In the long run there is a 100% correlation between the growth in a company’s earnings and its share price performance. So, if you are an investor, concentrate on estimating earnings.
For that you’ll need to thoroughly understand the company. While you are getting to know your company, and later while you are continuing to follow the story of the earnings of your company, there will be all sorts of things happening in the economy: periods of raised inflation, stock market booms and busts, recession, even war.
In the short run these may be so powerful that they have some impact on the price of your company’s share – but in the long run it is earnings that count.
So if your company is McDonalds you are thinking about the product, the quality of the organisation, the future strength of the brand, etc.
These are the things that will determine long run share price. Do not be distracted by money supply numbers, or economist projections of consumer spending, or the coming recession, or the price of oil. Through all these ups and downs people will still buy burgers. If burger sales go up, earnings go up and over time the share price will correlate with that.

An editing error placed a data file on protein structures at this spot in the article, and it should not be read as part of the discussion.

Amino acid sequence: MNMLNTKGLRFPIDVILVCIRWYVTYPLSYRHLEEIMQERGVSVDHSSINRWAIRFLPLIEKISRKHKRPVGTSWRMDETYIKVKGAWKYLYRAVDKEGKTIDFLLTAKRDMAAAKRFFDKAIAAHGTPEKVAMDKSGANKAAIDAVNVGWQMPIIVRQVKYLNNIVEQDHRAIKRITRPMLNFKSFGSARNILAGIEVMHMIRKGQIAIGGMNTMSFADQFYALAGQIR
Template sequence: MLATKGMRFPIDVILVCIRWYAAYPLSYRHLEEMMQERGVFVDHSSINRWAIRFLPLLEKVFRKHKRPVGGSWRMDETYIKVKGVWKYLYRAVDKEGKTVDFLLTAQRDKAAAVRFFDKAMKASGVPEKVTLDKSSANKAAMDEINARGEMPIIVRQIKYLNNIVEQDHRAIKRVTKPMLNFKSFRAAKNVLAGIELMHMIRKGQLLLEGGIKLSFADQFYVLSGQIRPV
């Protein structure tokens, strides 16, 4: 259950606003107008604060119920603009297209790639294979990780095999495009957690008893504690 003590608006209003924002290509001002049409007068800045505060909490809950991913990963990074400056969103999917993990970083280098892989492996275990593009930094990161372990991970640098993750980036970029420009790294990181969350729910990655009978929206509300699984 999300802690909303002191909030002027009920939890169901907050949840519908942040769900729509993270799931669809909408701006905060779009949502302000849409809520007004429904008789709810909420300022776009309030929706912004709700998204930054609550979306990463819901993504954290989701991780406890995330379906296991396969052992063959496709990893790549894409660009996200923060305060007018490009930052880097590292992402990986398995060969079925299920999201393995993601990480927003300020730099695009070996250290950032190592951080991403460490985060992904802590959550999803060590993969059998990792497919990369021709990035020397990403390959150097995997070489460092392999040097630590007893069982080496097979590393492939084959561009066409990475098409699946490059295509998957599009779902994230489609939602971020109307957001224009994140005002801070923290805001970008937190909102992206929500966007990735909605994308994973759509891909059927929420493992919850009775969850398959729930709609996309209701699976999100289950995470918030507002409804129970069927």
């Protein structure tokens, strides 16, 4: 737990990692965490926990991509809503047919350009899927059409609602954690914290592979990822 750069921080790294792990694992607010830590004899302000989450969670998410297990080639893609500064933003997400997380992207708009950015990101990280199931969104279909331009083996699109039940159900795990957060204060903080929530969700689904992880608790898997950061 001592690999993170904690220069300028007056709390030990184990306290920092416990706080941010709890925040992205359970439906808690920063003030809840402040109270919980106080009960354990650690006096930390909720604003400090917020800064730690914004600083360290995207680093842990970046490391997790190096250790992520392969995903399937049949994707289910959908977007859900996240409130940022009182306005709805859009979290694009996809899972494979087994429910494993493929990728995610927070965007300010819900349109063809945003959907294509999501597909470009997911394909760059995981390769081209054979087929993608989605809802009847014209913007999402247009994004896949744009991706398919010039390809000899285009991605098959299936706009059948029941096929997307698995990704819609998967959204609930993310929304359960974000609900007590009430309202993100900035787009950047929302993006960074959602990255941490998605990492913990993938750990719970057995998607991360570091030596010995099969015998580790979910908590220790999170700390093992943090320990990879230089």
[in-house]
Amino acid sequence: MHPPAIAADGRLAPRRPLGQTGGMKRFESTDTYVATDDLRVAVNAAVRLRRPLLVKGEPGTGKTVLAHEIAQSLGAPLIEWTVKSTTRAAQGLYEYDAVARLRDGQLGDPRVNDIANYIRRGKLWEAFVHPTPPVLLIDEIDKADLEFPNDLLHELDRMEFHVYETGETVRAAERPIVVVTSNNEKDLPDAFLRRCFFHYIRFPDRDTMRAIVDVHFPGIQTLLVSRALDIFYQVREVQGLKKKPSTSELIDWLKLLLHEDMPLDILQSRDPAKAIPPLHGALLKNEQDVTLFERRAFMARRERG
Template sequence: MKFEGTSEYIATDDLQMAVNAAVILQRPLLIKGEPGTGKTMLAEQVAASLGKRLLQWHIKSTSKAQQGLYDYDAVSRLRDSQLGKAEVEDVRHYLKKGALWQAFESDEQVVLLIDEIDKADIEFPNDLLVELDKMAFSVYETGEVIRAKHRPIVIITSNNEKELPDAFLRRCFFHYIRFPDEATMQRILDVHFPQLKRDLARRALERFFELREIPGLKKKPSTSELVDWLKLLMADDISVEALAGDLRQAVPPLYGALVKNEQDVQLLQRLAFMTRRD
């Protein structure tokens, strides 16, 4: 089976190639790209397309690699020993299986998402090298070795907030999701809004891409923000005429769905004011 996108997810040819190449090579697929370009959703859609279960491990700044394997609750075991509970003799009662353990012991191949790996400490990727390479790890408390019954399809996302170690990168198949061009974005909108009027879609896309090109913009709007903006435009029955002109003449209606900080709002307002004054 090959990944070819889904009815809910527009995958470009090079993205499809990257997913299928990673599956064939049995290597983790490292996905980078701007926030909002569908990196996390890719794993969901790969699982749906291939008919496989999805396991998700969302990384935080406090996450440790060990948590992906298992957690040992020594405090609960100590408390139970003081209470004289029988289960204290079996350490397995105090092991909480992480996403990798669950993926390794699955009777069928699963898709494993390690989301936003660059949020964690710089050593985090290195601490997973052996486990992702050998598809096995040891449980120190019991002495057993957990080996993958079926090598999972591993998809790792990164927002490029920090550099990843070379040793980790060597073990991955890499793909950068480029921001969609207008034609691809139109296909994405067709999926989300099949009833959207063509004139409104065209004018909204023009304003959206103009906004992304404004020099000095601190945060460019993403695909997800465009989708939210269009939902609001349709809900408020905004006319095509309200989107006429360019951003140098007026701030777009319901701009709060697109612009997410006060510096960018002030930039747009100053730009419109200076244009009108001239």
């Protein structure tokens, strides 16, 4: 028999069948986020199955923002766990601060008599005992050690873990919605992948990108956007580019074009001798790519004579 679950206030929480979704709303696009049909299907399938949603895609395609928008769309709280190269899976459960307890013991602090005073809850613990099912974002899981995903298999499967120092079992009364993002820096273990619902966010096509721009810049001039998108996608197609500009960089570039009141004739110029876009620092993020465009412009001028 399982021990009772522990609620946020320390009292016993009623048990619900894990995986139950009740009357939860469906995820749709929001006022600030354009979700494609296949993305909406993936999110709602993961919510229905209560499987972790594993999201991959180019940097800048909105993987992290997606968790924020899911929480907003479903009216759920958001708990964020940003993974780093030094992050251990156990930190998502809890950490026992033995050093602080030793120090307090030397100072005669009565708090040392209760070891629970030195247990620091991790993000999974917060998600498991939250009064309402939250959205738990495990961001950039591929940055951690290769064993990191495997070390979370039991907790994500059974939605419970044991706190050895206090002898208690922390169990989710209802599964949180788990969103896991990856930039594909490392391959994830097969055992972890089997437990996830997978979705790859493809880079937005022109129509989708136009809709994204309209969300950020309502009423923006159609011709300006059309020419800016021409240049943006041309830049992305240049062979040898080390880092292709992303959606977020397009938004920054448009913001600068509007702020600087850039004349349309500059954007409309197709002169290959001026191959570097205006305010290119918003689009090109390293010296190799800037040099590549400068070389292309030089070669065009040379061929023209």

(This does not mean I’m advocating buying McDonald’s shares. Excellent companies can make for very bad investments if you pay too much for them).
Keep it simple
The second thing I want to emphasis today is the need to keep your investment ideas simple. Peter Lynch says that if you can’t explain a company “to a 10-year-old in two minutes or less, don't own it”.
So does this mean that you can only invest in very simple to understand businesses?
Not necessarily. Whichever company you invest in you are going to have to do a lot of hard work, often work that is far from simple.
What Lynch is getting at is the skill to look at a great deal of complexity and to cut through and see the really important sources of value.
You must explain in two minutes why your company has a justified expectation of good future profits (good relative to the share price); what it does to entice customers; what barriers to entry to its segment it might have; how dedicated managers are to shareholder value and how competently they run the firm for shareholders; how secured the finances of the firm are, etc.
Professor Glen Arnold now offers a Managed Portfolio Service at Henry Spain Investment Services under which clients’ portfolios contain the same shares as his (write to Jackie.Tran@henryspain.co.uk)
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I'm a full-time investor running my portfolio. I invest other people's money into the same shares I hold under the Managed Portfolio Service at Henry Spain. Each of my client's individual accounts is invested in roughly the same proportions as my "Model Portfolio" for which we charge 1.2% + VAT per year. If you would like to join us contact Jackie.Tran@henryspain.co.uk
investing is about making the right decisions, not many decisions.